Thirty outpatient visits over 8 months. Participants were assessed at baseline, end of treatment (EOT), and 6-month and 12-month post-treatment follow-up. At EOP and follow-up, both groups improved significantly on the majority of outcome measures. However, there were no differences between treatment groups at EOT. At 6- and 12-month follow-up, analyses indicate greater improvement for those in CBT compared to SSCM. At 6-month follow-up, CBT participants had higher scores on the social adjustment scale (p = .038), and at 12-month they reported lower eating disorder examination global score (p = .004), and higher readiness for recovery (p = .013) compared to SSCM.
Patients with severe and enduring anorexia nervosa can make significant and meaningful improvements with therapy. CBT shows significant advantage over SSCM in terms of social adjustment, core eating pathology, and readiness for change over time.
Social interactions dysfunctions make up core symptoms of many mental disorders and have been extensively studied through cognitive paradigms gathered under the concept of social cognition. Nevertheless, a growing body of literature have demonstrated that motor coordination is an important feature of these human social interactions but has been little studied in the context of mental diseases.
In this study, we propose to compare the processes of inter-agent coordination in healthy and socially impaired clinical populations (e.g. schizophrenia and social phobia patients).
20 schizophrenia and 20 social phobia patients were compared to 20 healthy subjects using an hand-held pendulum paradigm in intentional and unintentional interpersonal motor coordination, with different leadership conditions. All participants had psychopathological and neuropsychological evaluations.
Our results demonstrated that each group of subject was characterised by specific signature concerning interpersonal motor coordination. More specifically, instability of the coordination and temporal delay between patient and controls revealed that schizophrenia impaired intentional coordination but not spontaneous non-intentional coordination whereas social phobia only affected leader conditions.
Taken altogether, these preliminary results give evidence that motor control through motor coordination behaviours is a fundamental part of social interactions deficits in schizophrenia and social phobia. These results lead us to examine if the evaluation of motor coordination during a social interactions could help to discriminate the deficits in social interactions and to propose specific therapy for their rehabilitation.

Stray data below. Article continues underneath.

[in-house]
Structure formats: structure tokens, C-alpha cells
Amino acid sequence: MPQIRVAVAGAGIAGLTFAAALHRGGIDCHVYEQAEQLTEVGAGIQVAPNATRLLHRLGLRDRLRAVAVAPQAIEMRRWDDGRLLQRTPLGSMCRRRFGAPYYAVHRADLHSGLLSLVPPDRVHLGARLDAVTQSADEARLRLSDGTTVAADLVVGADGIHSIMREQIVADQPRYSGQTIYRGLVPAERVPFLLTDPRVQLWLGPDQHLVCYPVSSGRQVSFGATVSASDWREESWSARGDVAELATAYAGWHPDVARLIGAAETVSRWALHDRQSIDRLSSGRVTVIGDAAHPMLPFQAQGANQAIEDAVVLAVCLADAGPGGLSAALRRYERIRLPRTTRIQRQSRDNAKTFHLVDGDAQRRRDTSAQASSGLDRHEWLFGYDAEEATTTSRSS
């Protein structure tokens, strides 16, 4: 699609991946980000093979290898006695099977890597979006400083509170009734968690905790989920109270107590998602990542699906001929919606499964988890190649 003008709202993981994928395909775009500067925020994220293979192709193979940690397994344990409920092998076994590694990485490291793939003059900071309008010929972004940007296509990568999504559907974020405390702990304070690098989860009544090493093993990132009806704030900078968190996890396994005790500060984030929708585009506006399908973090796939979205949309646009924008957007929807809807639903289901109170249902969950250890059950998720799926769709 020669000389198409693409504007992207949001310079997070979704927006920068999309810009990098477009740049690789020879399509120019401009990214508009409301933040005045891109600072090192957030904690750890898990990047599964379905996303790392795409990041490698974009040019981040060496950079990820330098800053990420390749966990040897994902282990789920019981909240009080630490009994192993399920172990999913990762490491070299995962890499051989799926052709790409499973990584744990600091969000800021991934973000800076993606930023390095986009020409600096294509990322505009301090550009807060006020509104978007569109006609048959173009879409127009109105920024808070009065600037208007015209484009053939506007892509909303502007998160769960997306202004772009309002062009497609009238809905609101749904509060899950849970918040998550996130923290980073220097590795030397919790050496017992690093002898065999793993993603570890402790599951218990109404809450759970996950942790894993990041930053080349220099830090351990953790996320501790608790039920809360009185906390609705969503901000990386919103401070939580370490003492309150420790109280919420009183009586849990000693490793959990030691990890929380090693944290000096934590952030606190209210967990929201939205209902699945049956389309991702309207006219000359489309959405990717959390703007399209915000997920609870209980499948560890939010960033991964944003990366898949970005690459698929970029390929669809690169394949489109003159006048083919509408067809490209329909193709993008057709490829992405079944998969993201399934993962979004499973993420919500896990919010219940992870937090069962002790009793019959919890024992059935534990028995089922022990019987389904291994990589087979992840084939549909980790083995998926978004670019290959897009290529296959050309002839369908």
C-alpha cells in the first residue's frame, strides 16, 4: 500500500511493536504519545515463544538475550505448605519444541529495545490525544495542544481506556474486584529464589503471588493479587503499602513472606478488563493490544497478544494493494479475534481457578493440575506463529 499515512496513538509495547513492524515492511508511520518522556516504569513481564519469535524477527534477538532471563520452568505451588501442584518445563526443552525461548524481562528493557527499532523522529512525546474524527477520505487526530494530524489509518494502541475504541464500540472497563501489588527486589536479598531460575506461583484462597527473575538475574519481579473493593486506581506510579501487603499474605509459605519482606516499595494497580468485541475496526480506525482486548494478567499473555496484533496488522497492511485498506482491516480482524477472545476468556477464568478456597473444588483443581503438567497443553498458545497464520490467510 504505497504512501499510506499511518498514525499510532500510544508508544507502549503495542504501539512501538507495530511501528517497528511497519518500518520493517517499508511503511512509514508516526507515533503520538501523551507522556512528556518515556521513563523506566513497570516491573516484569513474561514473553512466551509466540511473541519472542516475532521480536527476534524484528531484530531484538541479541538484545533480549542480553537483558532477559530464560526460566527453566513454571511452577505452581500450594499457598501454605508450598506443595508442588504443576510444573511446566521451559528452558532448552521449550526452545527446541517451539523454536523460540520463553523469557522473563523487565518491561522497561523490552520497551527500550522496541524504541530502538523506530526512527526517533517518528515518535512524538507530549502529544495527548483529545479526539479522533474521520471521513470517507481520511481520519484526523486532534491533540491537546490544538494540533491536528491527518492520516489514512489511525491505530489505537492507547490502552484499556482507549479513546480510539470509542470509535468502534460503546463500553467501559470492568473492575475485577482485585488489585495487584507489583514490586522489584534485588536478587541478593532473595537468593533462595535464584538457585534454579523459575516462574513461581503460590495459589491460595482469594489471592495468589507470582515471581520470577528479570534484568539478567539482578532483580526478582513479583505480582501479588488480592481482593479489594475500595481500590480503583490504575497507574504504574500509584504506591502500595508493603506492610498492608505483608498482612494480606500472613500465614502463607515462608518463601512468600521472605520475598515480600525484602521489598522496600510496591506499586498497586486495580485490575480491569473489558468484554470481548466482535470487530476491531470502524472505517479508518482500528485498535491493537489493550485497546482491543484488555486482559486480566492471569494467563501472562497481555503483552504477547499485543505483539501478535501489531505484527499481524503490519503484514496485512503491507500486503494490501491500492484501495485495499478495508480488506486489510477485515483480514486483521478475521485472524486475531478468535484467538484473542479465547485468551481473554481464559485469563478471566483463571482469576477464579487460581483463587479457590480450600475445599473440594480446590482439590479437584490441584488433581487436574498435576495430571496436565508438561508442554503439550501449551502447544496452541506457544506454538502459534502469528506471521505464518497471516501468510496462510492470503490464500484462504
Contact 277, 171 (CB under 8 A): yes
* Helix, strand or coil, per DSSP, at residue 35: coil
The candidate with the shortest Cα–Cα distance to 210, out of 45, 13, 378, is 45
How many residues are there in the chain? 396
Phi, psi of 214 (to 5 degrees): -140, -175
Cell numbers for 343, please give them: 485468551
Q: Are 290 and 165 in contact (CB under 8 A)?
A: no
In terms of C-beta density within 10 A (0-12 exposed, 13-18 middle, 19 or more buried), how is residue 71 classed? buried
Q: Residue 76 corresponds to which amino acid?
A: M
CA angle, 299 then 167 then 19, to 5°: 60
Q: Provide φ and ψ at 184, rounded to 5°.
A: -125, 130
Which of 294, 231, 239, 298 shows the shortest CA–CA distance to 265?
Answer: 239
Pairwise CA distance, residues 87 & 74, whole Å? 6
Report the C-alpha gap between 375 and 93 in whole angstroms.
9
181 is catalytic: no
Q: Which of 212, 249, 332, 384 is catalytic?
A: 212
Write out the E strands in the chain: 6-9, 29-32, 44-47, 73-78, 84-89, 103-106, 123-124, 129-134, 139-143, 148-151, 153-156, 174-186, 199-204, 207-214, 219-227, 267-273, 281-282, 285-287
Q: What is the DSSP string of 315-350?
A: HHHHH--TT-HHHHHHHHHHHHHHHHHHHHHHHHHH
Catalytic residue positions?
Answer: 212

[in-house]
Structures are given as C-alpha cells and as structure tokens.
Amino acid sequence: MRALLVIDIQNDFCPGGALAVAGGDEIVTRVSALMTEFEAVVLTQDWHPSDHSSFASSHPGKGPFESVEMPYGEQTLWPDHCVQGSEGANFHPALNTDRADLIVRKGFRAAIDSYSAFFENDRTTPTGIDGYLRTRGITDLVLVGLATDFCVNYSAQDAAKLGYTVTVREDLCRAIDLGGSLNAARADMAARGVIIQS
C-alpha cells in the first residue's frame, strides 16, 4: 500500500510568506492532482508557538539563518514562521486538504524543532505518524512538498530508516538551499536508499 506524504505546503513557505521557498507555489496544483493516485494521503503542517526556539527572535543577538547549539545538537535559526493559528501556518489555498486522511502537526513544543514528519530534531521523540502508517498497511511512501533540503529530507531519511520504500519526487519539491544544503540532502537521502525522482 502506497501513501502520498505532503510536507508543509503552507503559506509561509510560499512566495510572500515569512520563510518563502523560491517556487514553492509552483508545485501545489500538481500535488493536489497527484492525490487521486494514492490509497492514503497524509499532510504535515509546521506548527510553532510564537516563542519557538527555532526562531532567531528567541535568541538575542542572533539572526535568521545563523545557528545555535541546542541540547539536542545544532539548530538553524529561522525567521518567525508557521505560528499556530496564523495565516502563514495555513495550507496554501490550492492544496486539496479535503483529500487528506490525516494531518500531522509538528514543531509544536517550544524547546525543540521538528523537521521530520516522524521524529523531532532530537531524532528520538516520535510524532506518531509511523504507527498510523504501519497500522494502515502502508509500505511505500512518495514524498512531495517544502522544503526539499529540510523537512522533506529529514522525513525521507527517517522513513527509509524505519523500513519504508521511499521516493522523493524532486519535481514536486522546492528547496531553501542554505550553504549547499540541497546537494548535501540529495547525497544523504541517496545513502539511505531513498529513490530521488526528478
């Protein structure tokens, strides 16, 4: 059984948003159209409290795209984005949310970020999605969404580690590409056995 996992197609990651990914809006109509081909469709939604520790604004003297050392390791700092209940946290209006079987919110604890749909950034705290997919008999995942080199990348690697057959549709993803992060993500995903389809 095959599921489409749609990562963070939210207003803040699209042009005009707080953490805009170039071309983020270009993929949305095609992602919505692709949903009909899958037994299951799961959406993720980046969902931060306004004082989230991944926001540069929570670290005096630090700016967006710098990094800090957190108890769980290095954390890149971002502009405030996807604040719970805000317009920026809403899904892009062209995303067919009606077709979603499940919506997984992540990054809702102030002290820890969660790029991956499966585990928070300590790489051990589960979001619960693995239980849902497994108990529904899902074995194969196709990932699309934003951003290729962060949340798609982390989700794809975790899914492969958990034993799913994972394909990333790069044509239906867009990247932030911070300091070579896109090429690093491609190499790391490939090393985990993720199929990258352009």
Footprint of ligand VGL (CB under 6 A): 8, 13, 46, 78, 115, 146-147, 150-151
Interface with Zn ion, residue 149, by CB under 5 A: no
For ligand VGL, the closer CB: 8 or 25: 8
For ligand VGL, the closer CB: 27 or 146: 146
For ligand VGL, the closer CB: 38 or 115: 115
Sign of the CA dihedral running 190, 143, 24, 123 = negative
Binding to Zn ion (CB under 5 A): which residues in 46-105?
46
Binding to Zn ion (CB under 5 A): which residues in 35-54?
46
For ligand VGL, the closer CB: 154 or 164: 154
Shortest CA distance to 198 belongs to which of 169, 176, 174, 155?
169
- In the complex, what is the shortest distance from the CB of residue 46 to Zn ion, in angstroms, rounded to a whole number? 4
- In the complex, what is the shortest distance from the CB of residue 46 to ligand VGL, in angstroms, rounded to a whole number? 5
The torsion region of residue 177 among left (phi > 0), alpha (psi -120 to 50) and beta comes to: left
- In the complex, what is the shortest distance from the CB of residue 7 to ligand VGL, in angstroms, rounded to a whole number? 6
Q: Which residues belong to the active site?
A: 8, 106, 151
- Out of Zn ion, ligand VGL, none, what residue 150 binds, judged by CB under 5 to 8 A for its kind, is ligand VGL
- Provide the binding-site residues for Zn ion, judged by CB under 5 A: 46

This research was supported by an Agence Nationale de la Recherche grant (Project SCAD # ANR-09- BLAN-0405-03).
The Department of Health in the UK wants the National Health Service to make £20 Billion worth of efficiency savings by 2015 to reinvest.
In the UK the General Hospitals use paper records which are then scanned to create electronic records while Psychiatric Hospitals require that information to be typed on to their electronic records and these electronic records are not available to each other.
Therefore liaison psychiatry assessments require a written entry to be made in the Medical notes and a second entry typed on to the psychiatric electronic patient record which requires a full psychiatric history.
This duplication in typing information was consuming a considerable amount of this Teams time and resources which could have instead been spent with patients.
To identify how much time is spent by Staff typing information on to the psychiatric electronic patient records.
We electronically checked for the preceding three months the amount of time spent typing information on to the electronic records after every liaison psychiatry assessment.
We were then able to obtain the average for every week.
On average about 36 to 40 hours were spent every week typing information on to the electronic records.
Liaison Psychiatry should dispense with the requirement for information to be duplicated on to the electronic patient records and should instead scan the written entry made in the Medical notes.
This should lead to a saving of about £50,000, enough to employ an additional member of Staff every week.